Just four protestors at Sweden anti-Islam rally

Just four protestors at Sweden anti-Islam rally
Four anti-Islam protestors turned up at the rally. Photo: TT
UPDATED: Counter-demonstrators dramatically outnumbered anti-Islam protesters at a Pegida rally in Linköping in southern Sweden, with reports that just four people turned up to support the right wing group, while up to 400 others rallied in support of diversity.

The march went ahead on Monday night even after the local organizers dropped out at the last minute.

But among the Pegida representatives present in the town’s main square were several high profile names in Sweden: Dan Park, an artist who has previously been convicted of inciting racial hatred and Henry Rönnquist, the gallery owner who exhibited Park’s controversial pictures and the man who founded Pegida in Sweden.

Dan Park was also reported to have been present at the cultural centre in Copenhagen where a terror attack took place last month.

There was a strong police presence at the Linköping rally, reflecting Sweden’s concerns about security in the wake of the recent shootings in Copenhagen and France as well as an awareness about how Pegida marches can turn violent, as they have in neighbouring Germany.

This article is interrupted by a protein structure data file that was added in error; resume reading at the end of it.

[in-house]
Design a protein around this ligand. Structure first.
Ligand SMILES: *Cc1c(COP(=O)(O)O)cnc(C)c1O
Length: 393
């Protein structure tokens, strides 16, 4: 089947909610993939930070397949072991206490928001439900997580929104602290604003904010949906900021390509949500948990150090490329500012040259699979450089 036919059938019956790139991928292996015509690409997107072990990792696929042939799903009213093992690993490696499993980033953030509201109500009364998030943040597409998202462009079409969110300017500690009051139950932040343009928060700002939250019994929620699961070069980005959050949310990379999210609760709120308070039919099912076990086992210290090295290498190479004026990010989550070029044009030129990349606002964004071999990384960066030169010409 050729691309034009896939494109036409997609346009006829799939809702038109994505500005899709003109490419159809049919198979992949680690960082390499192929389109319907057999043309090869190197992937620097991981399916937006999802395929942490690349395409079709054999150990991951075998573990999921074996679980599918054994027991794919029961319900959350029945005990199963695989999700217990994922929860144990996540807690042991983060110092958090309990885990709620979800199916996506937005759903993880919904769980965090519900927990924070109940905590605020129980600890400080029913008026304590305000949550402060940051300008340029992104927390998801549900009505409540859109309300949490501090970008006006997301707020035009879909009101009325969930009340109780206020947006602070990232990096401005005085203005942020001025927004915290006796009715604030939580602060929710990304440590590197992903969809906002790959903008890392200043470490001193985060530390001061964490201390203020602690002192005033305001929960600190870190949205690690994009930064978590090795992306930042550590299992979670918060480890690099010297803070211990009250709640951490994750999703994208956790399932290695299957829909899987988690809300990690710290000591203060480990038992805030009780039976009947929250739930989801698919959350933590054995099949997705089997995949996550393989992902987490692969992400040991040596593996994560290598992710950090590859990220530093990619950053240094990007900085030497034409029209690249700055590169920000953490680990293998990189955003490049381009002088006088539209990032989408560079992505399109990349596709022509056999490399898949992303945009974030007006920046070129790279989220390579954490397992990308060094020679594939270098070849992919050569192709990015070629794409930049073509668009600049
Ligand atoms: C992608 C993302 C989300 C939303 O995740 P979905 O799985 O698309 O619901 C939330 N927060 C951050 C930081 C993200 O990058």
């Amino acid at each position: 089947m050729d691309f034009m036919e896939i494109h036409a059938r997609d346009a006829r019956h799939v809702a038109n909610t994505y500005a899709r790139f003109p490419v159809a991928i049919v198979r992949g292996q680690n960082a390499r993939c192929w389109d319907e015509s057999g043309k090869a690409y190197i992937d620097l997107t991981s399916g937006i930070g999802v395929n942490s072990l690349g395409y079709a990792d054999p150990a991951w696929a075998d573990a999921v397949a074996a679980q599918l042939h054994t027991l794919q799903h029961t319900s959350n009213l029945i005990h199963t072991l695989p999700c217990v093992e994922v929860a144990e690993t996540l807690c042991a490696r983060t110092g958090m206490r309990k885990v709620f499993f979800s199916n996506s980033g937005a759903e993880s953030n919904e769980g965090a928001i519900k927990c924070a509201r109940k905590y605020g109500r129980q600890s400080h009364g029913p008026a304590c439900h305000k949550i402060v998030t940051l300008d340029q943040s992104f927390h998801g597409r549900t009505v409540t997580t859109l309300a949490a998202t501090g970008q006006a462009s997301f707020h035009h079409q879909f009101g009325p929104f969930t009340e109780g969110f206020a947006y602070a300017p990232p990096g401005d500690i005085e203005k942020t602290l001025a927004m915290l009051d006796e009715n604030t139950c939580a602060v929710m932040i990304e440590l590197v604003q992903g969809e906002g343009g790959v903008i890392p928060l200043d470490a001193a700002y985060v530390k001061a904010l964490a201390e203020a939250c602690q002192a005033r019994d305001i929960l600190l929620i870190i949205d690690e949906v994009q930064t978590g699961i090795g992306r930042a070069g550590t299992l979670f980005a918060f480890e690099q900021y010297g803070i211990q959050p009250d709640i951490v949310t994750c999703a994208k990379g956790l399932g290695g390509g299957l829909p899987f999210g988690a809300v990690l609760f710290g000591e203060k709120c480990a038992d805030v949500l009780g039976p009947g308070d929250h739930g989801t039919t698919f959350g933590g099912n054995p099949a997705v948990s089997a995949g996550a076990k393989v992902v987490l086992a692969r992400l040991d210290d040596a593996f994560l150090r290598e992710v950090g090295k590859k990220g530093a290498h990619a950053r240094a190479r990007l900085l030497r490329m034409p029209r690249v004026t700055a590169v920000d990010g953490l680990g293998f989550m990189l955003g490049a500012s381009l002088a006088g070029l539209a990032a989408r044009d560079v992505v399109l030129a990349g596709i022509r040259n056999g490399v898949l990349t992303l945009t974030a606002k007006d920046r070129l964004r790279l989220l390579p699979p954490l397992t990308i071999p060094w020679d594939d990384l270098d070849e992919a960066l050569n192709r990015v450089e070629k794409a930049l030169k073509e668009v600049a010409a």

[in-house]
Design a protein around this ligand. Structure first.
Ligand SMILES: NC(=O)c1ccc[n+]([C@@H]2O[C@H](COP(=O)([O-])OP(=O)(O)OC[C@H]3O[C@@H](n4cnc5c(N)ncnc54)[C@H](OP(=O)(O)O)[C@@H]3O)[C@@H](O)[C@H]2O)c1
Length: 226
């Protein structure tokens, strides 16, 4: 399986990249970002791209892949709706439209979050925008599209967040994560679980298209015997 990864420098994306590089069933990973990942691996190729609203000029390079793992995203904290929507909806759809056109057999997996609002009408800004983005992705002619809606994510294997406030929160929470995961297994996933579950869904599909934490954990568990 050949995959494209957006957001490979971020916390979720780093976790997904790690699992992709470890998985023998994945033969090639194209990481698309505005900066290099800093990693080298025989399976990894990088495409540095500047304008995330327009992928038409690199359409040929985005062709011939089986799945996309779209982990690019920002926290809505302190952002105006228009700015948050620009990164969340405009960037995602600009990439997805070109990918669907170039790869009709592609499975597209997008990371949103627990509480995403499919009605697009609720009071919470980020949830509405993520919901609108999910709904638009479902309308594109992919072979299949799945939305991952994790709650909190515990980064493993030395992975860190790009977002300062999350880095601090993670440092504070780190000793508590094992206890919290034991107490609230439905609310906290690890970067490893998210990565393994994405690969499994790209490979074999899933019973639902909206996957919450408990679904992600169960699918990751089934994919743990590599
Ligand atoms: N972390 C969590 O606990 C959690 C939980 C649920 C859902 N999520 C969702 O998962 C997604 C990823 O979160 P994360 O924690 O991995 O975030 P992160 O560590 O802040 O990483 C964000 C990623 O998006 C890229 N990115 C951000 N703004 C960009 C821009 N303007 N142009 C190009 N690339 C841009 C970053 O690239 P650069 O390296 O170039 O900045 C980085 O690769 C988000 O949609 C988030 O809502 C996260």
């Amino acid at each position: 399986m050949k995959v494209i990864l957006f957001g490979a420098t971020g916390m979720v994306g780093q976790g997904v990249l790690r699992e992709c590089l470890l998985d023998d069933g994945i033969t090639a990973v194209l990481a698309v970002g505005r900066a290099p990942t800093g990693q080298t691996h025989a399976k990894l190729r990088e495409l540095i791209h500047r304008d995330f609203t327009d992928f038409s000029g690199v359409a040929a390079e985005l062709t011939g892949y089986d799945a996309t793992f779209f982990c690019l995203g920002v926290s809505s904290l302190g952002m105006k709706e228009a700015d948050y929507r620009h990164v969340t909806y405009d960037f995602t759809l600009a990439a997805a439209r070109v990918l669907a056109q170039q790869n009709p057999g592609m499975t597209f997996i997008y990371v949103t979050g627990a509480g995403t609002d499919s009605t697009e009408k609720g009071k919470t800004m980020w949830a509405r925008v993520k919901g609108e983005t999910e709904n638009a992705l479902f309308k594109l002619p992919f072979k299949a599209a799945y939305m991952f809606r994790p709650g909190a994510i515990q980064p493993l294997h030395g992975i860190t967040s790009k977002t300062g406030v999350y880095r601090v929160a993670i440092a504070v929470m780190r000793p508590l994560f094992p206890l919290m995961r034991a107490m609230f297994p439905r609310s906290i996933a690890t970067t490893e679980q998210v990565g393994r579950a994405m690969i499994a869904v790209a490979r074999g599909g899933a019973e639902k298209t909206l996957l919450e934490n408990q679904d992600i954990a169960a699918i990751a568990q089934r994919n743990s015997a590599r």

Read The Local Germany's guide to the rise of Pegida

But Fredrik Kliman, spokesman for the police in Östergötland, described the demonstration as "very, very quiet."

"I think that both sides feel they got their messages across", he added.

"We protested because we want to see a Linköping where everyone can feel safe, and hate can never be the solution," Ayaan Goobe, an activist from the group Ett Linkoping för Alla (One Linköping for all) who spoke at the counter demonstration told Swedish newspaper Echo.

The rally ended with Park and Rönnquist being escorted away by police.

Pegida supporters were also dwarfed in numbers by thousands of counter-demonstrators when they held their first public demonstration in Sweden in Malmö on 9th February.

Pegida (Patriotic Europeans Against the Islamization of the Occident) rallies began in the German city of Dresden last year with several hundred supporters and snowballed to reach 25,000 people on January 12th.

But numbers have fallen since the movement's founder stepped down on January 21st after a picture surfaced of him posing as Adolf Hitler. Other senior figures have also since resigned.

Small offshoots of Pegida have sprung up in other German cities and marches have taken place in Austria, Denmark and Norway, involving however only a few hundred people and generally outnumbered by far larger anti-racism rallies.

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